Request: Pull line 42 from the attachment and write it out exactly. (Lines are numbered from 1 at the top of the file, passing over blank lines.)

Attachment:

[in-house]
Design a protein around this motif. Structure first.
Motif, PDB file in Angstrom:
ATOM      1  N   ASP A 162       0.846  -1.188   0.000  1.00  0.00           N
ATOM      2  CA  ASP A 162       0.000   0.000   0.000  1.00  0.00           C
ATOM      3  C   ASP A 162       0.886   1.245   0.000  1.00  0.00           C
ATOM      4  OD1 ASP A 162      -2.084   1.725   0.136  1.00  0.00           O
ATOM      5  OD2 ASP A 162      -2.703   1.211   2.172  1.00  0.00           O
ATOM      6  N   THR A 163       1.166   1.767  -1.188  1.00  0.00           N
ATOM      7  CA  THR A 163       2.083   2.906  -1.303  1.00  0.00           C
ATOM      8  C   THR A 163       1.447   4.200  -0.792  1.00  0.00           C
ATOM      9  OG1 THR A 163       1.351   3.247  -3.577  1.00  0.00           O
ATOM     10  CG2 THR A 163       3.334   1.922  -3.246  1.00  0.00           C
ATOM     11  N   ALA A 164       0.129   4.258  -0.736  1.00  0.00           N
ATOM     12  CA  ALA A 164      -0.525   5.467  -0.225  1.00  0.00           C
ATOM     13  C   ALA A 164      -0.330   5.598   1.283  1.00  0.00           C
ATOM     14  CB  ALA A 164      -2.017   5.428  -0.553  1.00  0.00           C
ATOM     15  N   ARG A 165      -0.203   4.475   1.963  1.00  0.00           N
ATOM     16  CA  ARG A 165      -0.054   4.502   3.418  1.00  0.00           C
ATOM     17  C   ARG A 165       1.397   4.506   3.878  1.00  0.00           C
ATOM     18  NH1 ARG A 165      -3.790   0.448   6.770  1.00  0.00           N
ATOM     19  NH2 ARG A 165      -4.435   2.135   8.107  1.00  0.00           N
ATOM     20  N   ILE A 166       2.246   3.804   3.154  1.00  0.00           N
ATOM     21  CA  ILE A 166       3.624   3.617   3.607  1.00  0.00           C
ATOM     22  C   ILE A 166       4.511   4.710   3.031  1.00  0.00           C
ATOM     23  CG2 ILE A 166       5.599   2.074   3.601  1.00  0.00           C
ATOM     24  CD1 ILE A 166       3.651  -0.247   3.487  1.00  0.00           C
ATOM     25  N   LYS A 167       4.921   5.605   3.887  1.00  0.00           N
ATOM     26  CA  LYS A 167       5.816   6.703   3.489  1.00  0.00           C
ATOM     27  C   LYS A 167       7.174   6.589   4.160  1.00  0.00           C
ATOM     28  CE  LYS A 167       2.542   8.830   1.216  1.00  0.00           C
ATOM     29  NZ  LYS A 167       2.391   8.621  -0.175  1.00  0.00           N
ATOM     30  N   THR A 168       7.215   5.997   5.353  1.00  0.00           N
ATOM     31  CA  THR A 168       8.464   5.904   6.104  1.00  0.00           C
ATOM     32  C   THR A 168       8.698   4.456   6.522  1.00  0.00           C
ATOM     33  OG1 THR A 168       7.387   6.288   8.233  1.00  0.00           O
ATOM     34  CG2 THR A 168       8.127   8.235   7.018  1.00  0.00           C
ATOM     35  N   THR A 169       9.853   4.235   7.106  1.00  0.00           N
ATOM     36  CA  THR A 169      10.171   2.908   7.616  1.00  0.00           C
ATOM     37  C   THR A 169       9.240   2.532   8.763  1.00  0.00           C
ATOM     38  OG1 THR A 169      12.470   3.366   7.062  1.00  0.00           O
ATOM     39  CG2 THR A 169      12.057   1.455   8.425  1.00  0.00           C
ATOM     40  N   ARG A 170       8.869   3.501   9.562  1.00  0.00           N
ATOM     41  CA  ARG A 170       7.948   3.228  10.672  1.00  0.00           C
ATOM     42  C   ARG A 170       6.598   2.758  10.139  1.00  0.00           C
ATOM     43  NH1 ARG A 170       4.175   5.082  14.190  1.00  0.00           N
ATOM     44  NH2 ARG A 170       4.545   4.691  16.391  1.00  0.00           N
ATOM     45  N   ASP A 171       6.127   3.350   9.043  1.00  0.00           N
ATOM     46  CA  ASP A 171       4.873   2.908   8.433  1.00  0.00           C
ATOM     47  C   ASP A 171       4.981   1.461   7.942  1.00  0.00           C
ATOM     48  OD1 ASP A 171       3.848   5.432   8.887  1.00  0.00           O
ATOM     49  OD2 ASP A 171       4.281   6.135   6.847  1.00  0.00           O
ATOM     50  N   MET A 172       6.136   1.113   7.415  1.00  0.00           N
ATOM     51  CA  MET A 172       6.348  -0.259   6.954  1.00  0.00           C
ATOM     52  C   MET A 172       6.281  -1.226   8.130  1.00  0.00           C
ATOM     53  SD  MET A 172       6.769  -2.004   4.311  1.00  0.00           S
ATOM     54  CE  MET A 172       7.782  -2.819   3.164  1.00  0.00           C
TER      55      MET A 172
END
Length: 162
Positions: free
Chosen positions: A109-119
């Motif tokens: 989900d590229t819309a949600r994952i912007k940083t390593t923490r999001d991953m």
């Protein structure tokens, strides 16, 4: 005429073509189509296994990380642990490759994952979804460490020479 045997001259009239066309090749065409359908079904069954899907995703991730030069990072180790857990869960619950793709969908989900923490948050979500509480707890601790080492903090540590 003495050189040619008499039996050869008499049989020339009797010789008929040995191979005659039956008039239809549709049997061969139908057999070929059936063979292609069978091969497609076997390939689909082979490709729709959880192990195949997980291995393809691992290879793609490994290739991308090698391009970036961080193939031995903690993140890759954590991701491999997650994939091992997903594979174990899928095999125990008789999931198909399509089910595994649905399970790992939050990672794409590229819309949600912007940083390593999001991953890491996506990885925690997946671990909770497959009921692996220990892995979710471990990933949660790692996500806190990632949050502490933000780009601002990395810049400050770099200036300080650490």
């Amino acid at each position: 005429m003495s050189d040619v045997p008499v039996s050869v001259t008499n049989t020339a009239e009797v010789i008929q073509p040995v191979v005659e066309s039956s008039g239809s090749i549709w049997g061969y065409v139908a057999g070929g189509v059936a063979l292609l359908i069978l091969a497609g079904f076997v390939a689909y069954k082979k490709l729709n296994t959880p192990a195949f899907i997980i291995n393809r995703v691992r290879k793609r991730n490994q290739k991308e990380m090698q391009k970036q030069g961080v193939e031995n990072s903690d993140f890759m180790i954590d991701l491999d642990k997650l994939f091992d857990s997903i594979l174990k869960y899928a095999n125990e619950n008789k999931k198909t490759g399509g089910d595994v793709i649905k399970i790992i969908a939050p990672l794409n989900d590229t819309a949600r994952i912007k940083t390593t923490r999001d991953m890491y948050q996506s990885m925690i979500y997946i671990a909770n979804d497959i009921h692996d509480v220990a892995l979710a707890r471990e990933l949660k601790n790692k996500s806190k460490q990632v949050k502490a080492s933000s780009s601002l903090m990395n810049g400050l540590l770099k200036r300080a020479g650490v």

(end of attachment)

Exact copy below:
ATOM     39  CG2 THR A 169      12.057   1.455   8.425  1.00  0.00           C